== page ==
This is why it’s so fantastic that “The Day of the Doctor” is premiering at the same time around the world. All the fans will be together, kind of like we’re watching it in the same room. And if you watch it on the 23rd, find me on campus – I’d love to talk about it with you.
This past Friday, I walked into the Balch Arena Theater with a rather jovial mood and a bright and sunny outlook on life. I left the theater, however, wallowing in some uninvited sadness and trying to understand how in a mere two hours, my entire disposition had changed.
Eurydice, written by Sarah Ruhl, is a modern retelling of the Greek tragedy, depicting the love-struck Orpheus’ sorrow alongside the struggle of his deceased wife (for whom the play is named) to come to terms with her own demise. As with any adaptation, there are some differences between the original tale and what the contemporary audience sees on stage. While the Greek myth focuses on Orpheus’ musical redemption, Ruhl’s production puts Eurydice under the magnifying glass, trying to understand the time she spends in the underworld and how to retain what seems lost.
3Ps took on this ambitious script for the major fall production, which ran from November 14-16. Even though Greek theatre is no small performance feat, the cast and crew of Eurydice made their production organic and accessible. From the tearfully read letters to the actual running water on stage, 3Ps married the historical legend and the raw grievance that has transcended the centuries.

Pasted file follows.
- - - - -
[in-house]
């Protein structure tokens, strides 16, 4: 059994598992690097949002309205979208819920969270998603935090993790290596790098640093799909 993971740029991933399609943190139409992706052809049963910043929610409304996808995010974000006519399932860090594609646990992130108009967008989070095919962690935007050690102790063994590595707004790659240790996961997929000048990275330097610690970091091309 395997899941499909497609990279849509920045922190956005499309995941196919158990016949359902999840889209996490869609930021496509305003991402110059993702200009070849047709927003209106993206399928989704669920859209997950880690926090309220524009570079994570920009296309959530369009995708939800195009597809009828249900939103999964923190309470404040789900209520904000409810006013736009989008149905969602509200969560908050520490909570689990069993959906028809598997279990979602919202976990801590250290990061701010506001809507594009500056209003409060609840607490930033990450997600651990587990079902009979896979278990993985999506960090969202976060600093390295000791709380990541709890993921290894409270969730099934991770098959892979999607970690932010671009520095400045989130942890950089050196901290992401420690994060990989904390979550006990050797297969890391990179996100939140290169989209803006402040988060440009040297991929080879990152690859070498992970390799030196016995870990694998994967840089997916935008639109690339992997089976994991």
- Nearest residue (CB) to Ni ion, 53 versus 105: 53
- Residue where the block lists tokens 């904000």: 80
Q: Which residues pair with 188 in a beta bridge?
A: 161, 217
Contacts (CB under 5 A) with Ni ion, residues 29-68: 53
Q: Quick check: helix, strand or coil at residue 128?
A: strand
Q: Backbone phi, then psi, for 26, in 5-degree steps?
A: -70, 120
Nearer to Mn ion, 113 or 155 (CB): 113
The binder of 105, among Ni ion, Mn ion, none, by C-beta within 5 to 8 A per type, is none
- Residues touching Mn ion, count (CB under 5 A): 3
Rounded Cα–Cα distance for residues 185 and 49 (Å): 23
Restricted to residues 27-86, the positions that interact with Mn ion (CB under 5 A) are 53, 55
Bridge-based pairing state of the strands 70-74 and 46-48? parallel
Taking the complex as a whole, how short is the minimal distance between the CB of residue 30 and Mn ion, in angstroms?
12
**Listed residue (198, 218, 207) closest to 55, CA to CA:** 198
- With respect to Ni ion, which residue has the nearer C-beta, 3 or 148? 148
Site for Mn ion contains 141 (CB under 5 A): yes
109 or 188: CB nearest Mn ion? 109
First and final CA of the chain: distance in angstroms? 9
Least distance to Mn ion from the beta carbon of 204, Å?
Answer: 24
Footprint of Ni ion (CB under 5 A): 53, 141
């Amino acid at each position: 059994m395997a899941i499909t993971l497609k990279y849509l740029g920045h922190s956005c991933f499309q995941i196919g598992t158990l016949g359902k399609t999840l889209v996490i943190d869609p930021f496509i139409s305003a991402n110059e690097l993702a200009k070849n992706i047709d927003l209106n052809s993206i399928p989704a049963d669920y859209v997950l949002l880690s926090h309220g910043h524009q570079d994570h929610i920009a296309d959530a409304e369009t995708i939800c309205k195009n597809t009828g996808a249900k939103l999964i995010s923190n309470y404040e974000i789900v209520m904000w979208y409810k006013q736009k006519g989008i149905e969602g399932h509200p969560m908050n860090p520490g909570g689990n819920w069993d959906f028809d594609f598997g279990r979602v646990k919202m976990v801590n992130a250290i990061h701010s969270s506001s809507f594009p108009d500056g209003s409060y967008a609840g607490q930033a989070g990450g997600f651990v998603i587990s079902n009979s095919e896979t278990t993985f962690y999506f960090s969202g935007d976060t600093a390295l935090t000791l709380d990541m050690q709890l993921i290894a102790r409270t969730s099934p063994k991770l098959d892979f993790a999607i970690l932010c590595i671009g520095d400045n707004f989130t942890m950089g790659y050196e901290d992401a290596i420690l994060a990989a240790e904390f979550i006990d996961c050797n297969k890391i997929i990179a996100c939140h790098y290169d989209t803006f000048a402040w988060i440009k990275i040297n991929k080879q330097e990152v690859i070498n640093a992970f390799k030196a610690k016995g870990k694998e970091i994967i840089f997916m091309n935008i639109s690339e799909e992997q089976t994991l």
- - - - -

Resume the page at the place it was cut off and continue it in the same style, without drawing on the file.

I had seen a production of this same play a few years prior, so although I had a smile plastered across my face when I sat down in my seat, I prepared myself for the eventual emotional downturn I’d experience during the performance. I thought that, because I knew the arc of the plot and had studied the show before, I would not be as affected by it as I was the first time.
I was sorely mistaken.
There were a few tears shed throughout the evening as the themes of family, love, and loss all plucked at particular memories for me. However, I wasn’t alone in my somber mood. When the house lights finally rose at the end of the show, I saw a few hands wiping eyes even throughout the well-deserved applause. When the Greeks say that a story is a tragedy, they certainly are not lying.
Even though I left the show feeling far too many things at once, I was reminded why theatre is great even when it revives unwanted sentiments. Eurydice is a fine theatrical specimen in which the ending is completely undesirable and it angers you because you care so much about the characters and their stories that you forget, for a moment, the memories that the plot triggers in your own head.
Bravo, to the cast and crew for a night of truly beautiful theatre.
Thursday, November 15 at 7:30PM the Japanese Culture Club organized yet another thrilling event during which a movie screening of “Jiro Dreams of Sushi” (2011) was accompanied by free sushi.
Myriads of hungry students rushed to Barnum to line up for the sushi station located just outside the lecture hall. Standing ready at the station, all of the JCC members vigorously welcomed every guest to try out different types of ingredients that make up good sushi. Rice, seaweed, avocado, fermented tofu, crab meat, etc. The sushi options were endless. On the side, the members also served steamed mushrooms and natto, traditional Japanese food composed of fermented soybeans. Of course, who can forget to grab some hot green tea, particularly during this freezing weather?
When asked about the purpose of this event, a JCC member Fendi Chen enthusiastically said, “We want to spread more knowledge about Japanese culture to a greater student body.” She jokingly continued, “We hope everybody enjoys today’s sushi and the movie, which is also about sushi. It’s a day filled with sushi.”